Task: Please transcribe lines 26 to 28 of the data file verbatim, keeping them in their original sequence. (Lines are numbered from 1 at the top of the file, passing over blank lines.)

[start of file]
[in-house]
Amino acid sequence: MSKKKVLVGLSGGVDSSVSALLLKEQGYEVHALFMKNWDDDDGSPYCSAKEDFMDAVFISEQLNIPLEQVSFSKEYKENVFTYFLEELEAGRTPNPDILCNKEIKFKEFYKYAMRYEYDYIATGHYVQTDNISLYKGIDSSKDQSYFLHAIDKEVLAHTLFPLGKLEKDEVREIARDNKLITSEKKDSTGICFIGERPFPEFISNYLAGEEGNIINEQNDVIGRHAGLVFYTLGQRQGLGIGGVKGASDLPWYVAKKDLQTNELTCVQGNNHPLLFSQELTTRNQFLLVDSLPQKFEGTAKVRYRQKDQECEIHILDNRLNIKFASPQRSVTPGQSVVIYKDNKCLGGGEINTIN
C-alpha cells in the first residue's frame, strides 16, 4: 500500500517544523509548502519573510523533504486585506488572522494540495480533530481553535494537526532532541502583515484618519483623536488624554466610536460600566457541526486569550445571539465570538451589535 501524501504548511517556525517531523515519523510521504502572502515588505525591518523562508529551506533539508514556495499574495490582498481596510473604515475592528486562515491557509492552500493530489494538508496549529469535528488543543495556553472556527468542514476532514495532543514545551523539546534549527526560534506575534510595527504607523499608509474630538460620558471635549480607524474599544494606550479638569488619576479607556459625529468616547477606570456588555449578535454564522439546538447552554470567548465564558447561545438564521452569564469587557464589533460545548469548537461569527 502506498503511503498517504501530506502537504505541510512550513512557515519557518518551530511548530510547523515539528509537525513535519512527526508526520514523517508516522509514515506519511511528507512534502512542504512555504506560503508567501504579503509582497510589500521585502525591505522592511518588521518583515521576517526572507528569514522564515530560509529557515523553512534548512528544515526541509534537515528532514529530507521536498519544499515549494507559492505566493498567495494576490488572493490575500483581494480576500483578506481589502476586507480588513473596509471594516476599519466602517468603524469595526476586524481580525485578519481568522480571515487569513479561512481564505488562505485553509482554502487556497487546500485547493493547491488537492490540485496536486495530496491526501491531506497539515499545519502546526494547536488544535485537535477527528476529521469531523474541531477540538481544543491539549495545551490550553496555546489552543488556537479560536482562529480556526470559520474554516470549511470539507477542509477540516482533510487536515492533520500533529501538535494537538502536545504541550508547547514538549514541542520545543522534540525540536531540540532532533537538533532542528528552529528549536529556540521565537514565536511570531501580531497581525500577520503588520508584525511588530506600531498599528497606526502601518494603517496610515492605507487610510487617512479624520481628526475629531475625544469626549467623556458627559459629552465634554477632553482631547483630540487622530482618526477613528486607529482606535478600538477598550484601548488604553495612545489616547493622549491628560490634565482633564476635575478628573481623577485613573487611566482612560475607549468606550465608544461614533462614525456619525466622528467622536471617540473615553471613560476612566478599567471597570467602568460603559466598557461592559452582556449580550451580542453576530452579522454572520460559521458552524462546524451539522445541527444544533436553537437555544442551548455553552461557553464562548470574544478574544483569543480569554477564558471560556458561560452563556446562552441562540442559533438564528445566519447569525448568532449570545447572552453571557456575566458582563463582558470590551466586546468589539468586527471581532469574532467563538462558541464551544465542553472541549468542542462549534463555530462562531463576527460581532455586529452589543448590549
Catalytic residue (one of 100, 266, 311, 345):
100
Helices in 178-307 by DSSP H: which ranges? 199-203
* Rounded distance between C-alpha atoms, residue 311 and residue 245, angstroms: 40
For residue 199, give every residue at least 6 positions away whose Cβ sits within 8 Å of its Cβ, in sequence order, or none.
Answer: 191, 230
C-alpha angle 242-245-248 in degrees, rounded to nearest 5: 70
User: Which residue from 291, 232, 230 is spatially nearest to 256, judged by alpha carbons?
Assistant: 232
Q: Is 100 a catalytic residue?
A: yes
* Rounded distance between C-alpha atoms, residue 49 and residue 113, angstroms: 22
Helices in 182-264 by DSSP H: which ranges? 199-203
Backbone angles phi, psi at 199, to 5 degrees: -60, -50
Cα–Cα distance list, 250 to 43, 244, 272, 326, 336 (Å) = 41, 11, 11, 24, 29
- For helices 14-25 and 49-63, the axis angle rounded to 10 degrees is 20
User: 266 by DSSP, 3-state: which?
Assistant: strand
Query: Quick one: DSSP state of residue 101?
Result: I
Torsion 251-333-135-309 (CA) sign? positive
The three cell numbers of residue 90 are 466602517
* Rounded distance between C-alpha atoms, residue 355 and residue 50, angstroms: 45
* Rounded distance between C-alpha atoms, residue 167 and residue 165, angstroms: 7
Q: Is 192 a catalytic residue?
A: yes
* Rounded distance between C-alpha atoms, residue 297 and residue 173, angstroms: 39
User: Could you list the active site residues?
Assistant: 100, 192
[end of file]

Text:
* Rounded distance between C-alpha atoms, residue 355 and residue 50, angstroms: 45
* Rounded distance between C-alpha atoms, residue 167 and residue 165, angstroms: 7
Q: Is 192 a catalytic residue?